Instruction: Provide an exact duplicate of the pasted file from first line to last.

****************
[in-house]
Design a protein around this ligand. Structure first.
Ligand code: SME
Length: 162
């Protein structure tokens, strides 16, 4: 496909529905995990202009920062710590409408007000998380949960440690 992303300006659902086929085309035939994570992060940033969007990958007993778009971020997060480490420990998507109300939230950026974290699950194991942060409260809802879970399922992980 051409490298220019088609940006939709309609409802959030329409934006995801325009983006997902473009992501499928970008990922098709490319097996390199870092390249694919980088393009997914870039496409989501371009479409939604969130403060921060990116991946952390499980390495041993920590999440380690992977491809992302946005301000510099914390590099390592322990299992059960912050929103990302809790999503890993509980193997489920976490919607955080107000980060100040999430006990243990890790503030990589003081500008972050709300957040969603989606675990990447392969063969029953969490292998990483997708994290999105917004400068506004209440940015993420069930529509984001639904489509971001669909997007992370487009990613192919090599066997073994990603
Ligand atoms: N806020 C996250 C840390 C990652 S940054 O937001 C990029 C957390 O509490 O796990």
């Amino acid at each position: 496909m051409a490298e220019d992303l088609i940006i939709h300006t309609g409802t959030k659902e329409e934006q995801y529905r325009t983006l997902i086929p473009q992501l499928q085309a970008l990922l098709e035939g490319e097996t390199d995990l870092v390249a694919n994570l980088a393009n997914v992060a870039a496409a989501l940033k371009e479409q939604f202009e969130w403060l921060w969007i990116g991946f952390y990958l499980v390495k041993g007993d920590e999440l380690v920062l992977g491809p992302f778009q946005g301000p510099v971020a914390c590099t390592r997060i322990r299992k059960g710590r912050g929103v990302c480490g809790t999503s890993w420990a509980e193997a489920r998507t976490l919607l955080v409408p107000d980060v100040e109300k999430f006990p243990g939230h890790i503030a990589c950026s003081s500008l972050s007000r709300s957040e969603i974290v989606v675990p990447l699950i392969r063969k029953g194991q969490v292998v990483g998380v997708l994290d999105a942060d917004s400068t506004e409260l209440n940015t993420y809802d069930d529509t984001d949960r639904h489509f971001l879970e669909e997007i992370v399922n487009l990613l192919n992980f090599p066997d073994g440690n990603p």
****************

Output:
[in-house]
Design a protein around this ligand. Structure first.
Ligand code: SME
Length: 162
């Protein structure tokens, strides 16, 4: 496909529905995990202009920062710590409408007000998380949960440690 992303300006659902086929085309035939994570992060940033969007990958007993778009971020997060480490420990998507109300939230950026974290699950194991942060409260809802879970399922992980 051409490298220019088609940006939709309609409802959030329409934006995801325009983006997902473009992501499928970008990922098709490319097996390199870092390249694919980088393009997914870039496409989501371009479409939604969130403060921060990116991946952390499980390495041993920590999440380690992977491809992302946005301000510099914390590099390592322990299992059960912050929103990302809790999503890993509980193997489920976490919607955080107000980060100040999430006990243990890790503030990589003081500008972050709300957040969603989606675990990447392969063969029953969490292998990483997708994290999105917004400068506004209440940015993420069930529509984001639904489509971001669909997007992370487009990613192919090599066997073994990603
Ligand atoms: N806020 C996250 C840390 C990652 S940054 O937001 C990029 C957390 O509490 O796990």
């Amino acid at each position: 496909m051409a490298e220019d992303l088609i940006i939709h300006t309609g409802t959030k659902e329409e934006q995801y529905r325009t983006l997902i086929p473009q992501l499928q085309a970008l990922l098709e035939g490319e097996t390199d995990l870092v390249a694919n994570l980088a393009n997914v992060a870039a496409a989501l940033k371009e479409q939604f202009e969130w403060l921060w969007i990116g991946f952390y990958l499980v390495k041993g007993d920590e999440l380690v920062l992977g491809p992302f778009q946005g301000p510099v971020a914390c590099t390592r997060i322990r299992k059960g710590r912050g929103v990302c480490g809790t999503s890993w420990a509980e193997a489920r998507t976490l919607l955080v409408p107000d980060v100040e109300k999430f006990p243990g939230h890790i503030a990589c950026s003081s500008l972050s007000r709300s957040e969603i974290v989606v675990p990447l699950i392969r063969k029953g194991q969490v292998v990483g998380v997708l994290d999105a942060d917004s400068t506004e409260l209440n940015t993420y809802d069930d529509t984001d949960r639904h489509f971001l879970e669909e997007i992370v399922n487009l990613l192919n992980f090599p066997d073994g440690n990603p």